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Architects: William Edward Trent
Previous Names: Regent Theatre
The Regent Theatre was built for the Provincial Cinematograph Theatres circuit (PCT) and was the first major cinema designed by architect William Edward Trent. It was located on Barker’s Pool, opposite City Hall.
It opened on 26th December 1927 and seating was provided for 1,450 in the stalls and 850 in the balcony. The Neo-Classical/Italian Renaissance style auditorium was very similar to a typical Thomas Lamb design in theatres in the USA. There was a double dome in the ceiling and the projection box was built into the dome. The cinema had full stage facilities, a Wurlitzer 2Manual/8Rank theatre organ was installed and a 150 seat café was an added amenity.
PCT were taken over by Gaumont British Theatres in February 1929 but it retained the name Regent until 27th July 1946 when it was re-named Gaumont Theatre. The stage was still being used in the 1960’s for one night concerts by artists such as; Cliff Richard, Eddie Cochran, Bobby Darin, Victor Borg, Nina & Frederick, The Rolling Stones, The Beatles and the Count Basie Orchestra.
In October 1968 it was closed for twinning. All vestiges of the original decoration was removed and the two curtain-walled auditoriums opened on 23rd July 1969 with seating for 737 in the former balcony and 1,150 in the former stalls. On 25th November 1979 a third screen was opened in the former café area which seated 144.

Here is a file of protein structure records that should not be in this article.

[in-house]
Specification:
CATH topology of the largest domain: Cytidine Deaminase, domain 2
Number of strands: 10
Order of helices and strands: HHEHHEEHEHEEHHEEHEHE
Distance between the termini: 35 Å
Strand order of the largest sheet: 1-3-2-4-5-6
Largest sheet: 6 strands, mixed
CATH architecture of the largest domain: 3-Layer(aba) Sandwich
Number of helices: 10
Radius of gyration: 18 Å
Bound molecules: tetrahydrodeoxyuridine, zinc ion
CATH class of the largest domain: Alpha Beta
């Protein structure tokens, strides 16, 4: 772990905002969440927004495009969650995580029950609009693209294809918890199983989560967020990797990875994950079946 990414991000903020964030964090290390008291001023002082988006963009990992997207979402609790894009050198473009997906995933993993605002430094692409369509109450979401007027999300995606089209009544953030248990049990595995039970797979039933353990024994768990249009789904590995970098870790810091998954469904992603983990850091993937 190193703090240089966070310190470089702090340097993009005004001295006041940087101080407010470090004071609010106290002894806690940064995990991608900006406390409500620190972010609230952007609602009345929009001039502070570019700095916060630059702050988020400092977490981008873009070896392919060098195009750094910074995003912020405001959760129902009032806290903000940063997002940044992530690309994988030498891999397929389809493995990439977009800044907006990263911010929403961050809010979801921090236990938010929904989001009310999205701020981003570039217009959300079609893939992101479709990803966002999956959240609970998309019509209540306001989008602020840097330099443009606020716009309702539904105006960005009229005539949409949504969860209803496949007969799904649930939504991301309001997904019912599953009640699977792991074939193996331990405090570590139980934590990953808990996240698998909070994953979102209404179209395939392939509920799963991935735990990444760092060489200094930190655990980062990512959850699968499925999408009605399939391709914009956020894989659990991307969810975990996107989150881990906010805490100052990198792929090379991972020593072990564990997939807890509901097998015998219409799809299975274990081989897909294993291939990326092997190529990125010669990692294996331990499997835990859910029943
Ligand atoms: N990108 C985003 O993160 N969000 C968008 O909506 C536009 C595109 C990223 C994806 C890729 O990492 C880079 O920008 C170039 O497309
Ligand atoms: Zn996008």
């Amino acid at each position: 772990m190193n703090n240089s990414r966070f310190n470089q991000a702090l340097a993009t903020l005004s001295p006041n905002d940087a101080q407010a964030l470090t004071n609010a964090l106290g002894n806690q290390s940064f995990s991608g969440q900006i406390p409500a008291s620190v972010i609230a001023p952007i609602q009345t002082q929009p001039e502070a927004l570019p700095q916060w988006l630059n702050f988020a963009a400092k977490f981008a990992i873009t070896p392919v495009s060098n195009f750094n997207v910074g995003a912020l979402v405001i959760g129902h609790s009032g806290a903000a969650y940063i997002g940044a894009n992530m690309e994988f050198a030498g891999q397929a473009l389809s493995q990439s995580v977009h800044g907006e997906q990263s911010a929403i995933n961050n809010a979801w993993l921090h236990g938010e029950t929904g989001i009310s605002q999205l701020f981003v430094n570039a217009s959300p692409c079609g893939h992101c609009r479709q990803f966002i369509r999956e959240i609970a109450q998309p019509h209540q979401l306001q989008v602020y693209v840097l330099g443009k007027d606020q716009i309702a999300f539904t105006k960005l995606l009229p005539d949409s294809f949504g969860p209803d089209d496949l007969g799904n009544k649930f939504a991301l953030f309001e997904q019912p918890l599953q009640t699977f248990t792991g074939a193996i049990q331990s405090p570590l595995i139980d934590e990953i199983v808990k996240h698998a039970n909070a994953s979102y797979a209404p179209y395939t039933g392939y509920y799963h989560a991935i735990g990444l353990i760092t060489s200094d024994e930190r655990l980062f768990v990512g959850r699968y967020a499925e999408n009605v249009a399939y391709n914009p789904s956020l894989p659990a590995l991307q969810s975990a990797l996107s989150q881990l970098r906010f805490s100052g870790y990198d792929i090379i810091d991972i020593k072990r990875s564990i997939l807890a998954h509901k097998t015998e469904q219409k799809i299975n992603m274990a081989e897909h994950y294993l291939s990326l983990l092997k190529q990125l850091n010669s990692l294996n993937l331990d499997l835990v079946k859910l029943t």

The Gaumont closed on 7th November 1985 with “Perfect”, Madonna in “Desperately Seeking Susan” and “A View to a Kill”.
The building was demolished and shops, offices and a twin replacement Odeon Cinema was built on the site. The entrance to the new Odeon was on Burgess Street, approximately where the stage of the Gaumont would have stood. The new twin Odeon opened in 1987 (seating 500 and 324) and closed in 1994; it is now a nightclub and has its own page on Cinema Treasures.
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